The National Audit Office has found the FCA has no clear way of knowing whether its actions are successful in curbing misselling in financial services.
In a report on regulation and redress, published today, the NAO says while increased fines and compensation have reduced the incentives for firms to missell products, the FCA “lacks good evidence” on whether it is reducing levels of misselling overall.
The NAO has found there are gaps in the FCA’s oversight of misselling, and that the regulator’s complaints data does not identify when alleged misselling took place.
It argues this means the FCA “cannot be sure it has chosen the most cost-effective way of intervening”.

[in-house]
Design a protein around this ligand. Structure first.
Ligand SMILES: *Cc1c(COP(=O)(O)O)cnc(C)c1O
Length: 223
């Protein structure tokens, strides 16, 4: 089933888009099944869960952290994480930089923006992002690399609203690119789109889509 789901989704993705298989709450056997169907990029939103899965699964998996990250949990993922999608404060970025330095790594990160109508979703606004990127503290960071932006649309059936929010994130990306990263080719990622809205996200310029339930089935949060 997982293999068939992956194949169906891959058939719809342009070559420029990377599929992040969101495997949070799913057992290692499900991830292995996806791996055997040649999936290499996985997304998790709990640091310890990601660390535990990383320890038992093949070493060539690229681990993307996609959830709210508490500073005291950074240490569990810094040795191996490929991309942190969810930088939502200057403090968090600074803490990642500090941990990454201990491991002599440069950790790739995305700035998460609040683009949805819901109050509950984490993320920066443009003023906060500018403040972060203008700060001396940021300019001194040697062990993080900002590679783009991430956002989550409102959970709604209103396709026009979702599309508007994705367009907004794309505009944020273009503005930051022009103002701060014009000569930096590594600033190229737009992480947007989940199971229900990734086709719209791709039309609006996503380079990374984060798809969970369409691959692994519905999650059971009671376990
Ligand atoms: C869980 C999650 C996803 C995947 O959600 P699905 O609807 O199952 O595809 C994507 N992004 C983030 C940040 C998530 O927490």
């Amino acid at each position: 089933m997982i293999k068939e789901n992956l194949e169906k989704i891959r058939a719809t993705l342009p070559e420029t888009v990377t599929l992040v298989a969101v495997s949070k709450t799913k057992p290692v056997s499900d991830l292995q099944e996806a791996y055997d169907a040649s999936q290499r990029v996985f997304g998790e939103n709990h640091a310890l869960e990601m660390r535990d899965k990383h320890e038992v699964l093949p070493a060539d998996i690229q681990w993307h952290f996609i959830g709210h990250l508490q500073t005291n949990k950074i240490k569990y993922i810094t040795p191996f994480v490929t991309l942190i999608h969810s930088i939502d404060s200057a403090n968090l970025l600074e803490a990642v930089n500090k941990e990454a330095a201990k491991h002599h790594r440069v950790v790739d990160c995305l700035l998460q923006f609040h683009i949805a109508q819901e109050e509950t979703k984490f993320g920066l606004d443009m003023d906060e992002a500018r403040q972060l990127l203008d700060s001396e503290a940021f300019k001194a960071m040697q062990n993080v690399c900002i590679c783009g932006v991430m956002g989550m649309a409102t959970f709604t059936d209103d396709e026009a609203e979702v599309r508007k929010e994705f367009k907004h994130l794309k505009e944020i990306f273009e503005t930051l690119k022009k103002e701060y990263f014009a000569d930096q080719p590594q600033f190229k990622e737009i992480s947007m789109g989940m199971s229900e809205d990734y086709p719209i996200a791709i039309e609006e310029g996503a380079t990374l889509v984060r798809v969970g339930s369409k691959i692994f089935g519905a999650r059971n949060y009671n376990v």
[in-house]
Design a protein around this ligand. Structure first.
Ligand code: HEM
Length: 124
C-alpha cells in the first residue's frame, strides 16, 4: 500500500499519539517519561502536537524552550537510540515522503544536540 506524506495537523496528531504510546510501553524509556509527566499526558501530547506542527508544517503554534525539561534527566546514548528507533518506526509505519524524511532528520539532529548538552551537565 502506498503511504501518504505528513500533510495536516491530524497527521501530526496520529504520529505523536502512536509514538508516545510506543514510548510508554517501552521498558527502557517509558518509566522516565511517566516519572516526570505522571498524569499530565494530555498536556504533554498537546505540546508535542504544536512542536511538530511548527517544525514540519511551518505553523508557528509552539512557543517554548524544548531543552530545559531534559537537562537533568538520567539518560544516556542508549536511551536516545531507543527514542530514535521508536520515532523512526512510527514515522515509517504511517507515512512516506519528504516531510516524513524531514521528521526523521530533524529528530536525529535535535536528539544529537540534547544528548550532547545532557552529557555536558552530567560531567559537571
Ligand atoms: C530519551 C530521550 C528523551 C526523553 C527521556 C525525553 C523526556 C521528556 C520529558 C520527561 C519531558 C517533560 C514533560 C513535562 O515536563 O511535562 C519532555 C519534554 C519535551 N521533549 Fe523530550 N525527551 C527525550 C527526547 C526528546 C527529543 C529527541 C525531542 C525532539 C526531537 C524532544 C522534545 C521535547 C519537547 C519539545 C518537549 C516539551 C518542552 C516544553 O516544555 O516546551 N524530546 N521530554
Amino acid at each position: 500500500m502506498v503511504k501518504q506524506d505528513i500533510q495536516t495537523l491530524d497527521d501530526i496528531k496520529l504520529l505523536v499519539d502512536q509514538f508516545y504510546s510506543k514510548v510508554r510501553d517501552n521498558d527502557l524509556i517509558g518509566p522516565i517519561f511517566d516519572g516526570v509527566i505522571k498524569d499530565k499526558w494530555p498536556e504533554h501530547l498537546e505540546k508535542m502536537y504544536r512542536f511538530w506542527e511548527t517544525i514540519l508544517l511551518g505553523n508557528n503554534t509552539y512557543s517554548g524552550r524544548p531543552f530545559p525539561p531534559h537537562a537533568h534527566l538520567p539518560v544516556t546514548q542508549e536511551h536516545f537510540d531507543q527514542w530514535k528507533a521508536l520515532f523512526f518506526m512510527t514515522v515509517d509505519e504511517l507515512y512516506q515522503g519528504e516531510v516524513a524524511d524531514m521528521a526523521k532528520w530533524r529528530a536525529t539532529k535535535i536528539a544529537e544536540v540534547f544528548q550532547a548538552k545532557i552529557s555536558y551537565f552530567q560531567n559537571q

The NAO says banks’ complaint handling has been poor, with no noticeable fall in the complaints referred to the Financial Ombudsman Service that are subsequently upheld. The FOS has found in favour of consumers in 62 per cent of cases since April 2013.
While the FOS is commended with dealing with a huge workload due to missold payment protection insurance, a massive 40,000 complaint cases remain outstanding after two years.
PPI continues to dominate complaints, with £22.5bn paid out in redress to 12 million customers up to November last year. The NAO estimates claims firms received between £3.8bn and £5bn of this compensation.
NAO head Amyas Morse says: “Misselling of financial products remains a major problem for Britain’s consumers.
“The information my staff could see, such as customer complaints, does not show any clear reduction in the extent of misselling. The FCA cannot be confident that its actions are reducing the overall level of misselling, and it has further to go to show it is achieving value for money.”